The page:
And so do we.
As the dual towers fell, our collective soul collapsed with them. As one-fifth of the Pentagon burned, so did our rage. We had never seen anything like it before, not in real life anyway. Our voyeuristic captivation with the TV images gradually gave way to the awful realization that, unlike the computerized effects in a Jerry Bruckheimer action flick, those buildings and airplanes held living people—living people whose last moments were recorded before our very eyes.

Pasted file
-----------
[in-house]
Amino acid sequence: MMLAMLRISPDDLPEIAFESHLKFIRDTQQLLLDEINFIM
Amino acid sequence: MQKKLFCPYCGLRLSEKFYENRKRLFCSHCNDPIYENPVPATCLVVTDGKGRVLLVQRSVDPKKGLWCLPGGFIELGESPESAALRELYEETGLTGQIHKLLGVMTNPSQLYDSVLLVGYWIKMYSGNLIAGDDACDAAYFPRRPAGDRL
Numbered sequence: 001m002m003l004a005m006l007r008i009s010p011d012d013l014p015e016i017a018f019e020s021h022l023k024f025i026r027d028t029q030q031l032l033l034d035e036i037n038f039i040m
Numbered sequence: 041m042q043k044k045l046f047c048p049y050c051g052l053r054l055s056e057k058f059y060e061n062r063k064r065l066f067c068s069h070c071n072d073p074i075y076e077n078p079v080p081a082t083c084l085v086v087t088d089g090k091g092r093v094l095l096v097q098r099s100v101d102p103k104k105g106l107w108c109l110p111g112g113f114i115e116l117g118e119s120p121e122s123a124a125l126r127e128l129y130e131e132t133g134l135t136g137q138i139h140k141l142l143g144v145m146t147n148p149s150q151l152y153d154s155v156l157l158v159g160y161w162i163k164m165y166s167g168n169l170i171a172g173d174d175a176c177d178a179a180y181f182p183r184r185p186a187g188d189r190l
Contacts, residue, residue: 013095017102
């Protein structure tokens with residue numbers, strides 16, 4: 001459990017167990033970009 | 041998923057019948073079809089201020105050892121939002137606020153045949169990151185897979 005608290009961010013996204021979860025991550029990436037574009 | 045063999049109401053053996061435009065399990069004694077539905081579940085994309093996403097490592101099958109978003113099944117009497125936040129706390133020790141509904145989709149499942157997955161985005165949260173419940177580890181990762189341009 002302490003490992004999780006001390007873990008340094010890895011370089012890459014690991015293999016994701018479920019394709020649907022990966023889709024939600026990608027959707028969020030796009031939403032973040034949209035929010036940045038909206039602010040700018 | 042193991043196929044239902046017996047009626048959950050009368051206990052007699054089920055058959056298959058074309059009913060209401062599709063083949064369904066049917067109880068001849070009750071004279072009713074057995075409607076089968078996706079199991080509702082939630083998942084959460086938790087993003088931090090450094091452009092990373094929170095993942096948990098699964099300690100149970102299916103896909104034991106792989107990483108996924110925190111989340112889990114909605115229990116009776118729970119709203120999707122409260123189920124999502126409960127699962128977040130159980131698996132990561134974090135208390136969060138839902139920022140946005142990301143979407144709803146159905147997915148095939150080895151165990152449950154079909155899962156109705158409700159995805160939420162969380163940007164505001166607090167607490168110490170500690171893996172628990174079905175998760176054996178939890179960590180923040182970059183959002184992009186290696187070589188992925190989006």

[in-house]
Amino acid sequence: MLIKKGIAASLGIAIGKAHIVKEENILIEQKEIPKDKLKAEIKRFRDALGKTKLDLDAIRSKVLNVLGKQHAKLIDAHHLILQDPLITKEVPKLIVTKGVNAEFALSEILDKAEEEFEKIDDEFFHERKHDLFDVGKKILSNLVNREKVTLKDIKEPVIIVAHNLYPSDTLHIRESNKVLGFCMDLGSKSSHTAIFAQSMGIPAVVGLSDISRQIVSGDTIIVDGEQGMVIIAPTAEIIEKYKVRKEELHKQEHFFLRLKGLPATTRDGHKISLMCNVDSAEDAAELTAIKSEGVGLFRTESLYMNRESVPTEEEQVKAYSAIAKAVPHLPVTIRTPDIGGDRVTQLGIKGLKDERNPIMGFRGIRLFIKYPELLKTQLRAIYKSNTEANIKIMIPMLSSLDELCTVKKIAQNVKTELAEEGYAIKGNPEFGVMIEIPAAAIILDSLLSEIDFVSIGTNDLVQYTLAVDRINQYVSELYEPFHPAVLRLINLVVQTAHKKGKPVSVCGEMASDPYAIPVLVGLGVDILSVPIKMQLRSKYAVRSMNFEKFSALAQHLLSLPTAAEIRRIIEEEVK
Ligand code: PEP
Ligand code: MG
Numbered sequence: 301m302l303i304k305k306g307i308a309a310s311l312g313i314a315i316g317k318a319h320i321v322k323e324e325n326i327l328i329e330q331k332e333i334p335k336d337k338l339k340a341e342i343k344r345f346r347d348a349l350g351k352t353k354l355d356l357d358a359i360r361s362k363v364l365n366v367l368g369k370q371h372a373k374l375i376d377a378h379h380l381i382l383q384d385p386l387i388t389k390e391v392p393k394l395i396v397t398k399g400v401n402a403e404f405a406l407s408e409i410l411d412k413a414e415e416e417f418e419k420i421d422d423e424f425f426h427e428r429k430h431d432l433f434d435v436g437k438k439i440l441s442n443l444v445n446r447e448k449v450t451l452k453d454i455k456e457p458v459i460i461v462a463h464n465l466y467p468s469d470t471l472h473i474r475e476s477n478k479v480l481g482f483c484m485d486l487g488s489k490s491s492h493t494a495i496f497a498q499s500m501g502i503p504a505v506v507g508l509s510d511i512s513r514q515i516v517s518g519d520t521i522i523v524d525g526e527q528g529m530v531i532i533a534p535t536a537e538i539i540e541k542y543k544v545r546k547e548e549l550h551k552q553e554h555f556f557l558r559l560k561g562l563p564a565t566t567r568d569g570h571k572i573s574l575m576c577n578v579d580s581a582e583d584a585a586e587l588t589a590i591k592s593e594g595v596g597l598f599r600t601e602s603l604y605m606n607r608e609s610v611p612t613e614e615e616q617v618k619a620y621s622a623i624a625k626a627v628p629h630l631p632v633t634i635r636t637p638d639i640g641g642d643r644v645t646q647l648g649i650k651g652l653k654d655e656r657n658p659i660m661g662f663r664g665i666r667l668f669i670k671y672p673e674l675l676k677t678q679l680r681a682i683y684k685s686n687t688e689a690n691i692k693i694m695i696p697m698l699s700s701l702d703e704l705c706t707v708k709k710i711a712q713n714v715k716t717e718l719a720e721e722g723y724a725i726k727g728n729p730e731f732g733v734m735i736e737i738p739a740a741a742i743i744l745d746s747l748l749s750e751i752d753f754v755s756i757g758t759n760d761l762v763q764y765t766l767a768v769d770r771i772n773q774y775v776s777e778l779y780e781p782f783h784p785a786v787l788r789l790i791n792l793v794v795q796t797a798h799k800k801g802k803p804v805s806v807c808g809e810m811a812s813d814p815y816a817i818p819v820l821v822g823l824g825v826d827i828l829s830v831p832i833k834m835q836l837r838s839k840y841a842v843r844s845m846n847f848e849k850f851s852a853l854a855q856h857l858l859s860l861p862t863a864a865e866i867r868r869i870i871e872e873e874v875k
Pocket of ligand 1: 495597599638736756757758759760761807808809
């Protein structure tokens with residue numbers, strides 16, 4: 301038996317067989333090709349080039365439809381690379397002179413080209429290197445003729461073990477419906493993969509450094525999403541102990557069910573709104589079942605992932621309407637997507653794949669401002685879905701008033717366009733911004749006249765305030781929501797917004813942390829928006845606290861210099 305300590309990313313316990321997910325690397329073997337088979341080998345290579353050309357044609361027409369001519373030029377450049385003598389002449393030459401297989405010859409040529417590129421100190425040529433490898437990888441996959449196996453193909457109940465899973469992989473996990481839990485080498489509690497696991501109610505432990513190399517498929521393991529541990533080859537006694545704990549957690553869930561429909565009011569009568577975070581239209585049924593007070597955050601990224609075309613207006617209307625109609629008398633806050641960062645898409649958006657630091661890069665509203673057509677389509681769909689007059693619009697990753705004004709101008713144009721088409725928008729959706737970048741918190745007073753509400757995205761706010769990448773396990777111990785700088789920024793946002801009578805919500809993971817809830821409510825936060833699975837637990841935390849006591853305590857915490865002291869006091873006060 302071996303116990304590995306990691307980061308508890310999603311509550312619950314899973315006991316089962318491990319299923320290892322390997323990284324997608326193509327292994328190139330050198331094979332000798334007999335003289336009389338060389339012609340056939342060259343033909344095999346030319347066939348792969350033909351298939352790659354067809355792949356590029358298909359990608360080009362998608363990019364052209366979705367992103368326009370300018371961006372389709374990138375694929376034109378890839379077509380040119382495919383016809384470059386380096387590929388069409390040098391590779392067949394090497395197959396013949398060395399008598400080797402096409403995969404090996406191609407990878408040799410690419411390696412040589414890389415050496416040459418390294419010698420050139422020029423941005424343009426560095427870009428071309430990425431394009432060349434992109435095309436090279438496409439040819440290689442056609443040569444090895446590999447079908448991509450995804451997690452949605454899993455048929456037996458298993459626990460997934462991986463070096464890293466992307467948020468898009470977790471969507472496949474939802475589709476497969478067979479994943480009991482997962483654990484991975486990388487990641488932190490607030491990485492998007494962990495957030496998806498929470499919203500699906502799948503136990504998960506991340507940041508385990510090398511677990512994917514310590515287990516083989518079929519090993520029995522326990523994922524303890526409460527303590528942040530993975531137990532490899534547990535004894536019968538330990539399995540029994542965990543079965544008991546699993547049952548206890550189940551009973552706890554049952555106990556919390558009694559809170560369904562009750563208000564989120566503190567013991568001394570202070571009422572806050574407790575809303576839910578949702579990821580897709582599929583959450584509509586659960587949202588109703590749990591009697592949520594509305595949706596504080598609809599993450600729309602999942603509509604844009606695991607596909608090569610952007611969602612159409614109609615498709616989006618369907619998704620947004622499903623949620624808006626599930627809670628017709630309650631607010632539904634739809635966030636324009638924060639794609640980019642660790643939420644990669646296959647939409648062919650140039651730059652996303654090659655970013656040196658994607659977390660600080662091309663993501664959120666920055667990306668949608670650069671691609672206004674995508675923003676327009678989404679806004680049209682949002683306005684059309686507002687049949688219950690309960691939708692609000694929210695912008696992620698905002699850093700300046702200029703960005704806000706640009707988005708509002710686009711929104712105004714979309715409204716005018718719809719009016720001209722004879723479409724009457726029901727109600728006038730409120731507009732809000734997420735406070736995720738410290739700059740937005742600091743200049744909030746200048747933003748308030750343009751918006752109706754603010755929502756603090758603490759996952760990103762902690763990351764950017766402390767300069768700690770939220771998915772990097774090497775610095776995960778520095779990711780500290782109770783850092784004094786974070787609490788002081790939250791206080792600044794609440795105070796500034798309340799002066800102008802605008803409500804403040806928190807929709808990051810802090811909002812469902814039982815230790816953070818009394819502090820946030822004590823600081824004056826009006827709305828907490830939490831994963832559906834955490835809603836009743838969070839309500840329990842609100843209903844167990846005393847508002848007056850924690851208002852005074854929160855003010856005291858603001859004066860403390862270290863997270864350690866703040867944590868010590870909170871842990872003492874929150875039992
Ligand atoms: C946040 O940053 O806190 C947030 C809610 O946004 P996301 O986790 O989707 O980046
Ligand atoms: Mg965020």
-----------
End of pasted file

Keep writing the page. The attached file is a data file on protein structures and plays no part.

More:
Then we witnessed the footage of Middle Eastern exultation. We saw men and women cheering and praising Allah for our misfortune. We saw the Associated Press photo of the young Palestinian boy, dressed in a Spider-Man T-shirt, firing a rifle into the air in anti-American celebration. We saw the enemy, and they were Muslim.1
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